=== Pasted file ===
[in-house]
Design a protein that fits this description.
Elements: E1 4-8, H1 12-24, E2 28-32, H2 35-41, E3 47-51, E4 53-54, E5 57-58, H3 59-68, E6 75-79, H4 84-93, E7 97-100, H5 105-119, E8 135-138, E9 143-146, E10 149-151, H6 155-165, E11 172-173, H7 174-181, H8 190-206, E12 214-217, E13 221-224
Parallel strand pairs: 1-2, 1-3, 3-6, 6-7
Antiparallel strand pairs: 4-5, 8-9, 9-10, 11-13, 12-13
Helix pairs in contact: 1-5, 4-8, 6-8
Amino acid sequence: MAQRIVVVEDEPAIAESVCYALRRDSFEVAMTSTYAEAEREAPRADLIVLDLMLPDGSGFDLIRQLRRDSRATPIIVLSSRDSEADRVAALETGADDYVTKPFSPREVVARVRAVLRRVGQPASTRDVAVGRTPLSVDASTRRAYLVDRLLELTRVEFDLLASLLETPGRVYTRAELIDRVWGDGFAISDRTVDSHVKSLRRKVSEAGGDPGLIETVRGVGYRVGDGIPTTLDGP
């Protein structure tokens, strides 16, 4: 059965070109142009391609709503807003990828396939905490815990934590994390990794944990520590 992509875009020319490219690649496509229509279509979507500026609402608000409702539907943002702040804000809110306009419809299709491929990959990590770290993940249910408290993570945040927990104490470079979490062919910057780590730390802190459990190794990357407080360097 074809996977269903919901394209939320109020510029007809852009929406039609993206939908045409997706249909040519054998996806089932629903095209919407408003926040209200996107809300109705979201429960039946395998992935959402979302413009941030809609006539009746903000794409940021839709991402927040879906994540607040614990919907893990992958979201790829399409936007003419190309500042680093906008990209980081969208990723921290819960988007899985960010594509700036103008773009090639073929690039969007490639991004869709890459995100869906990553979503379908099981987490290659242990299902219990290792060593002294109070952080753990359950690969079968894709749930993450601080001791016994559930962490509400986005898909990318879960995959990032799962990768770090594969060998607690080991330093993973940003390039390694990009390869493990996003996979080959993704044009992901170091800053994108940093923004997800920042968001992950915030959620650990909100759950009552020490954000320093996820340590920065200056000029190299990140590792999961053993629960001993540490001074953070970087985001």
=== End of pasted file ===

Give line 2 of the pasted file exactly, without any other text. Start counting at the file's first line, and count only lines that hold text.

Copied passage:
Design a protein that fits this description.